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An air base (sometimes referred to as a military air base, military airfield, military airport, air station, naval air station, air force station, or air force base) is an aerodrome used as a military base by a military force for the operation of military aircraft.
Air base facilitiesEdit
An air base typically has some facilities similar to a civilian airport—for example, air traffic control and firefighting. Some military aerodromes have passenger facilities; for example RAF Brize Norton in England has a terminal used by passengers for the Royal Air Force's flights. A number of military air bases also have a civil enclave for commercial passenger flights, e.g. Beijing Nanyuan Airport (China), Chandigarh Airport (India), Ibaraki Airport (Japan), Burlington International Airport (USA), Sheikh Ul-Alam International Airport Srinagar (India).
Some air bases have revetments, hardened aircraft shelters, or even underground hangars, to protect aircraft from enemy attack. Combat aircraft require storage of aircraft ordnance. An air base may be defended by anti-aircraft weapons and force protection troops.
Dispersal air baseEdit
A dispersal air base is an airfield that is used for the purpose of dispersing air units in the event of conflict, so to minimize the vulnerability of aircraft and its supporting units while on the ground. Dispersal air bases are not necessarily ordinarily operational in peace time and only becomes activated when needed. Airfields used as dispersal bases can either be auxiliary military airfields, civilian airports or highway strips. Examples of uses of dispersal bases are the Swedish Bas 60 and Bas 90 systems, the British V-Bomber dispersal bases and NATO's dispersed operating bases in France.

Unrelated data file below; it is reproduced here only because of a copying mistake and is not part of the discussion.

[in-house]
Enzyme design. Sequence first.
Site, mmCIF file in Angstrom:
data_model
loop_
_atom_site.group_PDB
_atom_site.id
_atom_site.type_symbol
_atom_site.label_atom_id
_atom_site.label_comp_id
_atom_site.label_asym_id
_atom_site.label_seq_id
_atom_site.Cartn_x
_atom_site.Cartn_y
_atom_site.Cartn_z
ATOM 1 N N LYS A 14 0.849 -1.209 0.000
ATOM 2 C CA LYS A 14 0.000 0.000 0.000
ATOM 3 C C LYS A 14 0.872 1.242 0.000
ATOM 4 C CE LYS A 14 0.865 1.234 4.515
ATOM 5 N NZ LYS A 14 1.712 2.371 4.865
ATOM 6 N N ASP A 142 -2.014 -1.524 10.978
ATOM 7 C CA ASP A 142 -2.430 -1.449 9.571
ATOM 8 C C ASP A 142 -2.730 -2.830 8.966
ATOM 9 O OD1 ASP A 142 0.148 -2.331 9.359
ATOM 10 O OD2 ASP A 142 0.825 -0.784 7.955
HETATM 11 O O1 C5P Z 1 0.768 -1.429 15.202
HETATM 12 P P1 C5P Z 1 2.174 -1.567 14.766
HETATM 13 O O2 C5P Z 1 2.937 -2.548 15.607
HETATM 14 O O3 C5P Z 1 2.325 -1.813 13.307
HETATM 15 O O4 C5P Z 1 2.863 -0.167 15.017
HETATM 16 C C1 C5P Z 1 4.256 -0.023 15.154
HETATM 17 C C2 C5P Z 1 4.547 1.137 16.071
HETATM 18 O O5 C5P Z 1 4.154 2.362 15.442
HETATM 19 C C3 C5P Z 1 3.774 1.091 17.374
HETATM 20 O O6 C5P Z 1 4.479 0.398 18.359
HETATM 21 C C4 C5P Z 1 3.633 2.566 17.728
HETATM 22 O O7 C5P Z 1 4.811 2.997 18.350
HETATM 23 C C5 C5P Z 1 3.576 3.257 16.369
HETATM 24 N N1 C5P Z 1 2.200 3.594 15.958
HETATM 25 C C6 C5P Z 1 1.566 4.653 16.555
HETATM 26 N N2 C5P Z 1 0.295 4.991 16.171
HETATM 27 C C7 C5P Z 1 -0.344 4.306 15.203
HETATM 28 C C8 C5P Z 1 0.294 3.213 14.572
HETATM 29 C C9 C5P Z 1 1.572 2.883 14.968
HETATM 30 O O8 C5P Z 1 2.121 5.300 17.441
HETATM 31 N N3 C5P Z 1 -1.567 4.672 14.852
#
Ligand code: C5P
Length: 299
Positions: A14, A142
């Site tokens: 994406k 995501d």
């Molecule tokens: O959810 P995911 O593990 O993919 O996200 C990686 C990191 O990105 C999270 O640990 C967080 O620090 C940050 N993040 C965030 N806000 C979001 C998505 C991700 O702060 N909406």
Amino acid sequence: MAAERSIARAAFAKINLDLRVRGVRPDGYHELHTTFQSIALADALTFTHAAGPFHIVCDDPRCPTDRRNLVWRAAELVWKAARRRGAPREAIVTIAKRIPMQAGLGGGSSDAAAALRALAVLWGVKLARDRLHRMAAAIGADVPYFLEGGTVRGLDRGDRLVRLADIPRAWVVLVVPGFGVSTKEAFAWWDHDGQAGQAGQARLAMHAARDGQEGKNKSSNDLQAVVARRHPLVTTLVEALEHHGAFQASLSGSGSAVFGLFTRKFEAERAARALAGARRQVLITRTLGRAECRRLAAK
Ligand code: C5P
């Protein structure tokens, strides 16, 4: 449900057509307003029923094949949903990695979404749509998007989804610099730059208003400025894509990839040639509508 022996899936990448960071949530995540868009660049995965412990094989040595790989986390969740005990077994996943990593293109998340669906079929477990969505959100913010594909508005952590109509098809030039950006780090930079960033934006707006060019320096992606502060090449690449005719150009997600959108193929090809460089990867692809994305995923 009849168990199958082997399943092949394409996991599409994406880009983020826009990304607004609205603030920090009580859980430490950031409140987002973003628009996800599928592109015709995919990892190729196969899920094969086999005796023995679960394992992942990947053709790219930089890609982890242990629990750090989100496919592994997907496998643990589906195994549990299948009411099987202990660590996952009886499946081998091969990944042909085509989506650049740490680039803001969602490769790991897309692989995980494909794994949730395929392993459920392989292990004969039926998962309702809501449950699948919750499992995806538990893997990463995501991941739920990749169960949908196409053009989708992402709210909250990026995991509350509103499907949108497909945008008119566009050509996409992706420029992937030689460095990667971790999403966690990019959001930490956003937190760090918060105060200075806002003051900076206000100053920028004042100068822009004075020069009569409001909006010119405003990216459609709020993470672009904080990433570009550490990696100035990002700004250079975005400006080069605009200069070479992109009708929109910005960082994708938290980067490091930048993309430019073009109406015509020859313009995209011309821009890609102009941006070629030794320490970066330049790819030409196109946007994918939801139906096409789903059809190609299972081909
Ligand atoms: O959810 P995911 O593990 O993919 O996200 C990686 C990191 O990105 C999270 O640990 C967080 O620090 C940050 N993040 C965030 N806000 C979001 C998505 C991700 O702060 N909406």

Road air baseEdit
Road air bases are highways constructed to double as auxiliary air bases in the event of war. Nations known to utilize this strategy are India, Sweden, Finland, Germany, Singapore, Switzerland, South Korea, Turkey, Poland, and Pakistan. In the case of Finnish road air bases, the space needed for landing aircraft is reduced by means of an arrestor wire, similar to that used on some aircraft carriers (Finnish Air Force uses F-18s, that can land on aircraft carriers).
An aircraft carrier is a type of naval ship which serves as a seaborne air base, the development of which has greatly enhanced the capabilities of modern air forces. They are now a key part of the military, allowing for military aircraft to be staged much nearer the theater conflict. Aircraft carriers were vital to the United States during World War II and to the United Kingdom in the 1982 Falklands War. They retain modern roles as well as "several acres of sovereign territory a nation can move about at will", which allows greater flexibility in diplomacy as well as military affairs. Aircraft carriers are also used in disaster relief.
- Halliday, John M. (February 1987). "Tactical Dispersal of Fighter Aircraft" (PDF). RAND Corporation.
- "Mirage 2000 Fighter Jet Test-Lands on Yamuna Expressway Near Delhi as Part of Trials". ndtv.com. Archived from the original on 5 June 2016. Retrieved 6 May 2018.
-  Archived February 2, 2007, at the Wayback Machine
- Swiss Air Force, Uno Zero Zero – Ein Jahrhundert Schweizer Luftwaffe Archived 2016-08-15 at the Wayback Machine, Aeropublications, 2013, 324 pages (ISBN 978-3-9524239-0-5).
- "Puolustusvoimat – Försvarsmakten – The Finnish Defence Forces". Web.archive.org. Archived from the original on June 25, 2009. Retrieved 2015-11-26.
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